Case Studies - November 2019

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Belt press helps processing facility increase production

Problem: A Midwest liquid waste haulers processing facility was growing so quickly that it was running its dewatering processes 24 hour per day and barely keeping up. Its rotary fan press was slow and broke down frequently while processing the 2% to 6% solids grease trap waste. There was also limited space available for new equipment. They sought to replace the fan press with technology that could process 80,000 to 100,000 gallons in a 10- to 12-hour shift while also utilizing their existing 4-foot-wide belt press. 

Solution: Bright Technologies, Division of Sebright Products, engineered a 5.5-foot-wide skid-mounted belt press and filtrate pumping system. The press operates at 170 to 255 gpm at 50% to 60% cake solids. 

Result: The new press enabled the facility to make its daily production rate goal without needing to use the other press. The new unit provided higher throughput and cake solids than the facility had previously seen while being more forgiving of sludge variation. In addition, its operator controls are user friendly. 800-253-0532;

Dewatering drum used for grease trap waste

Problem: Cat Cans Portable Services of Manhattan, Kansas, was in need of a way to dispose of the grease trap waste. The company’s initial process was using dewatering bags that were laid out on sloped concrete pads. The water would go down into a holding tank while the waste would be trapped in the bags. However, as more grease trap customers were acquired, the company quickly outgrew the system.

Solution: The company purchased a 10-foot dewatering drum from In The Round Dewatering. The effluent is dumped through a screen into a holding tank, while the finish water goes into another 8,000-gallon holding tank. The company is currently in the process of seeking approval from city officials to have it discharged directly into the city sewer.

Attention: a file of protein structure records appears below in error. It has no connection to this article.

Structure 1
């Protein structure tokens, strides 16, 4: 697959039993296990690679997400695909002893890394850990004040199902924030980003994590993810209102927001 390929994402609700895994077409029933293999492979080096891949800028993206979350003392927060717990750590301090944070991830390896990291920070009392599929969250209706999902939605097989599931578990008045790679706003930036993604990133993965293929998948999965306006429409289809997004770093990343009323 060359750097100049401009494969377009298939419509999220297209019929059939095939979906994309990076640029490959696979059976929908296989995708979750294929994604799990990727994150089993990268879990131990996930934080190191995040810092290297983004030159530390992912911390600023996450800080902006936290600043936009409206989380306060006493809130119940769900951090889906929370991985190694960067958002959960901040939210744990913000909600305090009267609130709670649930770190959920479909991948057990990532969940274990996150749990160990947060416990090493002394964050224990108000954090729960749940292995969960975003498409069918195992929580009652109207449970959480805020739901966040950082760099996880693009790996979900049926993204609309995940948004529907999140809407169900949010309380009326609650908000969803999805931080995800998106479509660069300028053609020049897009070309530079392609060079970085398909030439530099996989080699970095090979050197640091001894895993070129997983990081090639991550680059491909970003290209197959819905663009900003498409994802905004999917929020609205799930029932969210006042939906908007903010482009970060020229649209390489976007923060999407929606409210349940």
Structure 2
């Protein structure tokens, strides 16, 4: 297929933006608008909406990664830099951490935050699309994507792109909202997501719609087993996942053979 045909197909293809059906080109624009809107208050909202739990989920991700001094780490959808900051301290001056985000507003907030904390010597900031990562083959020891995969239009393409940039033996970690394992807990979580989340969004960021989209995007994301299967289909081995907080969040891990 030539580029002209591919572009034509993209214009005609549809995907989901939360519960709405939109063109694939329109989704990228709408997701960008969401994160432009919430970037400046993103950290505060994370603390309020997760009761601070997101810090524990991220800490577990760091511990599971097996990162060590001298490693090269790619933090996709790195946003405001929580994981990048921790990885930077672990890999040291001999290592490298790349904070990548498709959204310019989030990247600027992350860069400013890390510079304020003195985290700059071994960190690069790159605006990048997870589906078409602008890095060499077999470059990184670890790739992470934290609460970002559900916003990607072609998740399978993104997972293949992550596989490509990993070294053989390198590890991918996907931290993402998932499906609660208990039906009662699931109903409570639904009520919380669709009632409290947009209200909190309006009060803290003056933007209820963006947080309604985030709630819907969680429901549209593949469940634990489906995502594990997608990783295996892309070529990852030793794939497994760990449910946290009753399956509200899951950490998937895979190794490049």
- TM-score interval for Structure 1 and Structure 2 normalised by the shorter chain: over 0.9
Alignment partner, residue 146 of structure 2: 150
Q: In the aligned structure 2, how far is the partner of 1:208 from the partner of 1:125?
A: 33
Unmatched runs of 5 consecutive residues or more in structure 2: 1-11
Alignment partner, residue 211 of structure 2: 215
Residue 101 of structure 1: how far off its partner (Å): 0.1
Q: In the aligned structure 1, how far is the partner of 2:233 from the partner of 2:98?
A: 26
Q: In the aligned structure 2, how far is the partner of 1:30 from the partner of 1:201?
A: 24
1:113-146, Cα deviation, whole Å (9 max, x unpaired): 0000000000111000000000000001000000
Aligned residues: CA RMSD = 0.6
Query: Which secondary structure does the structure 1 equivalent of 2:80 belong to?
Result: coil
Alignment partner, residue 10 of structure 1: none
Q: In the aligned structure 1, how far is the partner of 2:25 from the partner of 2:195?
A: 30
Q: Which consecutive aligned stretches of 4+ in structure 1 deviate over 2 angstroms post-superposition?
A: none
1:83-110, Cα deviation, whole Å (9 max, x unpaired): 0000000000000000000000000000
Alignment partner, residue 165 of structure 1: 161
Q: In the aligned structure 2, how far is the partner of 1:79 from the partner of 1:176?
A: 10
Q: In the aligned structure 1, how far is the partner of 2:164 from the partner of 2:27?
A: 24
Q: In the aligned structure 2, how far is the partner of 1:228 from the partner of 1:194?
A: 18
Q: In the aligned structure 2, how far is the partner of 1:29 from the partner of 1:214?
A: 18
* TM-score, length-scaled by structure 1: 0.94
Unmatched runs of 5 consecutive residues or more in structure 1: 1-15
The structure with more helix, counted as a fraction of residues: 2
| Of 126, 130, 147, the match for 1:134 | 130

Result: The company can process about 20,000 gallons of 70% septic and 30% grease trap mixture before having to rotate the machine and compost the dry product. The dry product goes to a local horse farm, where they have a composting permit. The drum has allowed the grease trap business to expand and has also saved on dump fees. 317-539-7511;

Product consumes odor-causing bacteria at meat processing plant

Problem: Wisconsin’s Wayne’s Jerky regularly works with meat and has blood and organics escape down its sink drains. The drains were starting to get sluggish and had foul odors coming from the P-trap.

Solution: Lenzyme Trap-Cleer specified their Bio product be used at one packet per week. This takes an employee about one minute to do. The product is designed to keep the system flowing properly, consume any organics and out-compete the bad bacteria causing the odors.

Result: After six months of use, odors were gone and sinks were operating properly again. 800-223-3083;

Grease interceptor replaced in hotel basement

Problem: An Austin, Texas, hotel used a large free-standing grease interceptor located in its basement. The city’s grease ordinance is similar to requirements around the country for kitchen wastewater sewer effluent. Unlike a buried concrete grease interceptor that is subject to compressive forces, the free-standing interceptor is subject to tensile (bending and stretching) forces, requiring steel construction. Due to the harsh environment and punishing pumping services, scratches in the coating quickly led to deterioration and ultimate failure.

Solution: ParkUSA provided and installed the GreaseTrooper GTS grease interceptor. Stainless steel construction offers superior corrosion-resistant performance and durability, according to the manufacturer. It is UPC listed.

Result: Service interruptions and capital expenses were nearly eliminated with proper routine maintenance. 888-611-7275;


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